Both the PPP and the PML-N have been long rivals and nurse deeper suspicions about each other. While the PML-N has no chance to challenge the PPP in Sindh, the PPP still has half a chance to revive its previous standing in Punjab. The paralysis of the PML-N in Punjab in the post-election period and withering of some shine of Imran Khan’s populism allowed young Bilawal some space to elevate the PPP at the national level. Despite their rivalries and mutual suspicions, the combined opposition with two young leaders in the forefront can pose as a strong challenger to the flip-flop government of Imran Khan, who still somehow remains personally popular among his many followers.
But, even if the opposition resolves to fight back, the real question would be: what will they be taking to the streets for? Will they be looking for early elections or a regime change or an end to what they call a witch-hunt in the name of accountability?
Bringing down the government at this stage seems to be a premature option; it will either make the current ruling party a martyr or bring in an unconstitutional rule. Even an in-house change will not be a lucrative option for the opposition, given the prevailing economic meltdown. The PML-N and the PPP, in particular, will be interested in shedding the pressure on their leaders. There is a unanimous feeling across all political divides to soften the accountability law and clip the wings of NAB. The purpose of this ongoing ‘accountability’ has already been achieved. There is still room for political musical chairs, and there are aspirants like Shehbaz Sharif.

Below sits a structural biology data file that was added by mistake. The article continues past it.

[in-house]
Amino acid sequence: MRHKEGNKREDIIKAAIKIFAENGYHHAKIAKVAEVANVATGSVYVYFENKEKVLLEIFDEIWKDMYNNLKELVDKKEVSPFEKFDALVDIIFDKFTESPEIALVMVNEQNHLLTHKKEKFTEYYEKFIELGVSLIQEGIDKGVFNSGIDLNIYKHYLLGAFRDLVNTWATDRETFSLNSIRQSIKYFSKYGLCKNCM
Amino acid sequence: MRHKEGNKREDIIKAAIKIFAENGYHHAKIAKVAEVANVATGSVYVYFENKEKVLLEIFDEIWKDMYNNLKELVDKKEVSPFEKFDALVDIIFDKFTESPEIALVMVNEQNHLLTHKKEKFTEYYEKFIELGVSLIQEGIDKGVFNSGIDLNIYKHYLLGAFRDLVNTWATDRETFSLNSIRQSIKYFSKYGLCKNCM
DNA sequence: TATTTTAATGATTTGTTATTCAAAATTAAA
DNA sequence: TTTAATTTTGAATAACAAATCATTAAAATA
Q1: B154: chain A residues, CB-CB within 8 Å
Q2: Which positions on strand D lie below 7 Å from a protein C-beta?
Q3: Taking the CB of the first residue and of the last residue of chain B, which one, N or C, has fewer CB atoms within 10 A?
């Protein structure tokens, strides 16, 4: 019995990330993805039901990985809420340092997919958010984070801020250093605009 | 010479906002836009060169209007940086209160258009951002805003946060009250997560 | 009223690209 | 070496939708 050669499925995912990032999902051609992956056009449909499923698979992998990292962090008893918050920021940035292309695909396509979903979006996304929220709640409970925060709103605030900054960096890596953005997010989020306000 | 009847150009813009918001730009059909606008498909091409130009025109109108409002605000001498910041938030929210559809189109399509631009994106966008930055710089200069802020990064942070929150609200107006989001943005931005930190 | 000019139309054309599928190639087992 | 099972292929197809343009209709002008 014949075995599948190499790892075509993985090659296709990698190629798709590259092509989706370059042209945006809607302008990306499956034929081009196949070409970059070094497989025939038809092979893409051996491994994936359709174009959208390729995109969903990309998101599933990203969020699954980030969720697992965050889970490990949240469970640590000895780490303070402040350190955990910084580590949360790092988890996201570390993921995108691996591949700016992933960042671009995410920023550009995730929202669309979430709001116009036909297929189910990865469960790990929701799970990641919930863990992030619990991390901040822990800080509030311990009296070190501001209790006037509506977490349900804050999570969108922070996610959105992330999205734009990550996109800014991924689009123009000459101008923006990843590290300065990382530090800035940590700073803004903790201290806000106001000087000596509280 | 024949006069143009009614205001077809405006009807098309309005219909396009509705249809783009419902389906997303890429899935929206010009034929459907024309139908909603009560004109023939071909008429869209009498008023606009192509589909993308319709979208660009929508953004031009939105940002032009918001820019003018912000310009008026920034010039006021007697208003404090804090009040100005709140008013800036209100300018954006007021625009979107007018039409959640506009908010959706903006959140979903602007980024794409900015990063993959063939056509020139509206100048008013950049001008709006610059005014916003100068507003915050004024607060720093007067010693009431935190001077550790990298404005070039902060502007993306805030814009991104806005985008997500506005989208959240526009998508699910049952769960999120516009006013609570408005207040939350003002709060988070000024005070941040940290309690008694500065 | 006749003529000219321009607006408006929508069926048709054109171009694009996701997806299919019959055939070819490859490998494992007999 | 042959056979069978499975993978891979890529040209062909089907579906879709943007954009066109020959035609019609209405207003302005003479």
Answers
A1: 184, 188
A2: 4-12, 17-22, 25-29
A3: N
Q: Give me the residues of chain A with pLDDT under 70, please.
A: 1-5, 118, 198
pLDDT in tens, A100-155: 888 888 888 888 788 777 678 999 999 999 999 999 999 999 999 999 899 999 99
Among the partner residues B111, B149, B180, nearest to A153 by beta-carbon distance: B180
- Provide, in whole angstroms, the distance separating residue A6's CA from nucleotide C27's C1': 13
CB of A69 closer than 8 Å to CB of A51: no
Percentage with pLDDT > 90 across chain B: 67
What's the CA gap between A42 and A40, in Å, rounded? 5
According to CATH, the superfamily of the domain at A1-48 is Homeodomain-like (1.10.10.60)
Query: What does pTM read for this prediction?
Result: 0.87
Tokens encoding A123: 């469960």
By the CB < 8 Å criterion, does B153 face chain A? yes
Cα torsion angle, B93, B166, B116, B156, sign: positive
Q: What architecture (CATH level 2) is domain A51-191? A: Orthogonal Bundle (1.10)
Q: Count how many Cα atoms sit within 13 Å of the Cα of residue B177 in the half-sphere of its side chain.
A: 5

Like any situation there is an X factor: a spontaneous popular reaction by the people against their current economic plight. Not surprisingly, the parties of the status quo are worried about the possibilities of a mass outburst which could bring the real issues of the working masses and systemic exploitation and plunder at the centre of politics in the country. With the abortion of the democratic movement at the hands of the three ruling parties and successive governments, there is a greater void for people-centric politics. The people of this country have seen enough of populist, authoritarian and conservative politics and they yearn for true emancipation.
The system has become so rotten that it requires fundamental transformation. A new type of progressive democratic leadership is needed for a real people’s democracy and a new treatise for people’s wholesome development as equal human beings. Till then we are condemned to live on the wages of deceptive politics tuned to the interests of various ruling elites, unless people rise to the occasion and set a new direction for the state of Pakistan.
The writer is a senior journalist.